Image stitching is used in optical microscopy because a microscope has a field of view that is much smaller than a typical sample plate.A microscope images an entire sample by generating a grid of overlapping images.A stitching tool then assembles these partial images into a large composite image, which can have tens of thousands of pixels per side.Stitching one such large image mosaic taxes the computing capacity of a high-end workstation.This task becomes overwhelming when stitching repeat images taken over time as happens in time-based studies where researchers repeatedly image plates of cell cultures (e.g., every hour for 1–2 weeks).
Most high-end microscopy systems include an image-stitching tool.However, these tools are often manufacturer-specific and require fully calibrated equipment, a condition that is not always satisfied.An alternative is to use a provider-neutral tool for image stitching (e.g., the open source ImageJ/Fiji tool).Unfortunately, these tools are not focused on delivering the performance needed to enable time-based experiments (ImageJ took several hours to stitch the image grid shown to the right on a high-end workstation).Furthermore, these tools do not provide the accuracy guarantees needed to enable imaging-based bioscience-oriented measurements.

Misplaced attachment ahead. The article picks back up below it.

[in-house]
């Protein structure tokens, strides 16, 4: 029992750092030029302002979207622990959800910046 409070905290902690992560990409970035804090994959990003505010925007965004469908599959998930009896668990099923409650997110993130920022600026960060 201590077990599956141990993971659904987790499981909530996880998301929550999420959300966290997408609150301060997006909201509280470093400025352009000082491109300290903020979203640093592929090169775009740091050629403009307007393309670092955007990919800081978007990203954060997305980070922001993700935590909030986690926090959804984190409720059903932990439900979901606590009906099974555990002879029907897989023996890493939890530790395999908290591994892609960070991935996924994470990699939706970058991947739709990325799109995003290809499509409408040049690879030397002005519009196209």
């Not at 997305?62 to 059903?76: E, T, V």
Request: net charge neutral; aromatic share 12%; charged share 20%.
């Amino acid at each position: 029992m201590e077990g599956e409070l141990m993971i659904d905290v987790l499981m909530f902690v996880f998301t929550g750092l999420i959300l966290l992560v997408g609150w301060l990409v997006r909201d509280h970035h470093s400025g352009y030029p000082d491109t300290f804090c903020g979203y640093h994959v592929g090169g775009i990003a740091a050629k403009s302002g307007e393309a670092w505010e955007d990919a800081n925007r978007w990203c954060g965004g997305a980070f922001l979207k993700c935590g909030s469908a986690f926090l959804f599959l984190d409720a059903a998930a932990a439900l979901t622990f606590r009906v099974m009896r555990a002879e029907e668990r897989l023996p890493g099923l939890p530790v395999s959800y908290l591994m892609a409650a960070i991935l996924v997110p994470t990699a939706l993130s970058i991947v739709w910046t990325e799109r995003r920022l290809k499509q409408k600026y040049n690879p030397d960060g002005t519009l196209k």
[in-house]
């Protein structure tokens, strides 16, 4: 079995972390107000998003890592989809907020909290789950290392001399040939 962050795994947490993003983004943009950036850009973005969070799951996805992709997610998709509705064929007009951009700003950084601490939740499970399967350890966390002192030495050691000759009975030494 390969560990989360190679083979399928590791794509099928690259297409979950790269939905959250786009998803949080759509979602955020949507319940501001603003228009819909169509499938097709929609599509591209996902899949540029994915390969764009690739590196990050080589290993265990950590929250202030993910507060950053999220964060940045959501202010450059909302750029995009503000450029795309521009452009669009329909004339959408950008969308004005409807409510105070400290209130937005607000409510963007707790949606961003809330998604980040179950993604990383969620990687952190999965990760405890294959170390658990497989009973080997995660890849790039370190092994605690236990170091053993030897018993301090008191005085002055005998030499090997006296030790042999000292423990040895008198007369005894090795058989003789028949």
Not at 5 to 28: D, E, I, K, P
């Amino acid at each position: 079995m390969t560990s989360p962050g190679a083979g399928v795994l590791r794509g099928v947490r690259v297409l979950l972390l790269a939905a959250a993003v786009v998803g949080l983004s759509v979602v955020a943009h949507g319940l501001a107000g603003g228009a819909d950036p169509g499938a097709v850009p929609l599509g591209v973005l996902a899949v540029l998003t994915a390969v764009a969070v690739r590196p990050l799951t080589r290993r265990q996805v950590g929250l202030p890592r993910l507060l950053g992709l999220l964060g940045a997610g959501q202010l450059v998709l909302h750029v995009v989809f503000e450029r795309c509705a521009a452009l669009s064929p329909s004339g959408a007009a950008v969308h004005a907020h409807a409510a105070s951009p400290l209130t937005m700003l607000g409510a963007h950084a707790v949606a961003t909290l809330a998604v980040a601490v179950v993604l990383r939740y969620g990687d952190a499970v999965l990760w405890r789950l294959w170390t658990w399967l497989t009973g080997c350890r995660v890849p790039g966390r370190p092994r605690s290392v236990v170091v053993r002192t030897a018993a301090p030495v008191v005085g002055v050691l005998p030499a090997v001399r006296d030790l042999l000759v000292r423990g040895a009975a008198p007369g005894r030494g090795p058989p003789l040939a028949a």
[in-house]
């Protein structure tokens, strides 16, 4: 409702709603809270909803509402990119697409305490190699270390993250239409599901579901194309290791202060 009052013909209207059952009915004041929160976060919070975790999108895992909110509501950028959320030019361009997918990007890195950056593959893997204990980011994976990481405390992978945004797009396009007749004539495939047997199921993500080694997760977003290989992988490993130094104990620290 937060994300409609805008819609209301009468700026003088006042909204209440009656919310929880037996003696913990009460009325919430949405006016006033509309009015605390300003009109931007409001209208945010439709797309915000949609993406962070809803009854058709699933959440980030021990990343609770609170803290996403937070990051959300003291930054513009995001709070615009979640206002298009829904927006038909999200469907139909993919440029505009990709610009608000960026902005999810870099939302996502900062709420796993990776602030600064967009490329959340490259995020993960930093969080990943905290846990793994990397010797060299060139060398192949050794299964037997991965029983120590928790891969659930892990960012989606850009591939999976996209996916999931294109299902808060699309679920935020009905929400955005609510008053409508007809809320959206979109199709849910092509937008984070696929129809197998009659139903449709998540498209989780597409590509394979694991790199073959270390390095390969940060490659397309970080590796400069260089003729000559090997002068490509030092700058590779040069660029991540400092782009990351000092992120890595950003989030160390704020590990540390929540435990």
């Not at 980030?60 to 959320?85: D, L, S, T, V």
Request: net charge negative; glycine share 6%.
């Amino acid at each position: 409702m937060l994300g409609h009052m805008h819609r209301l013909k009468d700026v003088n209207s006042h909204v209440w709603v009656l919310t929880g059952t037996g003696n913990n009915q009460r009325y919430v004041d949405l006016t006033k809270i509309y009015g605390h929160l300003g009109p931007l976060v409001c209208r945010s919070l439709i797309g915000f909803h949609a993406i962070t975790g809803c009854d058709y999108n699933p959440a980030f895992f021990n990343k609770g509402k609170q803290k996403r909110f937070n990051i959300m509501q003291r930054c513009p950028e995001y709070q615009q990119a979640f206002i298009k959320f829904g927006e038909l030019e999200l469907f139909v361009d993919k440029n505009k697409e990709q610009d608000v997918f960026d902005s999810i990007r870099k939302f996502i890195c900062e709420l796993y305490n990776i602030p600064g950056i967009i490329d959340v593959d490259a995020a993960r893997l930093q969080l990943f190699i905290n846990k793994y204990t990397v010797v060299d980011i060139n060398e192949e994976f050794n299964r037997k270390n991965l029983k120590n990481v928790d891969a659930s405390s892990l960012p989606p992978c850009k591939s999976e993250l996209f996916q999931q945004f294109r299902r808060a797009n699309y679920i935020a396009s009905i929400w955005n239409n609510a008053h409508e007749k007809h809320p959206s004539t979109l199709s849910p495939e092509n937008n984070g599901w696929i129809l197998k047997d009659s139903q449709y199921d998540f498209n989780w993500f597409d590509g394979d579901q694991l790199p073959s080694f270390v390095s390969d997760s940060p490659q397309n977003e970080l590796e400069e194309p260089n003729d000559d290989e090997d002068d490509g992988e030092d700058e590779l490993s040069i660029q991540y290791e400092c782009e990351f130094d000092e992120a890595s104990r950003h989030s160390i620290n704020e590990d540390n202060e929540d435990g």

Computational tools that enable the stitching and processing of very large images can play a pivotal role in the development of imaging-based bioscience-oriented measurements.Such tools will allow scientists to use quantitative measurements that can play a critical role in the development of novel therapies (e.g., using stem cell) and ensuring their safety.
NIST has developed a high performance stitching tool, MIST v1.0 (Microscopy Image Stitching Tool), and released it on GitHub (https://github.com/NIST-ISG/MIST).The tool is available as a plugin to ImageJ to increase its reach.
MIST has a multithreaded implementation to utilize all CPU cores and carefully manages memory to increase execution speeds by up to two orders of magnitude over the leading alternative tool.MIST also takes advantage of available GPUs to accelerate the computation by another 5–10x.We will investigate the use of Cloud Computing technologies and other infrastructural technologies to mitigate the issues uncovered during an initial investigation of the behavior of bioinformatics tools on large datasets. The results of an initial parameter sensitivity evaluation was used to design an experiment for a more formal parameter sensitivity study and algorithm analysis to determine causes for observed algorithm behavior.
MIST v1.0 is currently used as a standalone tool by NIST bio-scientists.It is already integrated into a web-oriented image processing workflow that is also being used at NIST and is being considered by colleagues at other agencies.It provides a solid foundation for handling time-series studies and for developing quantitative measurements based on very large microscopy images.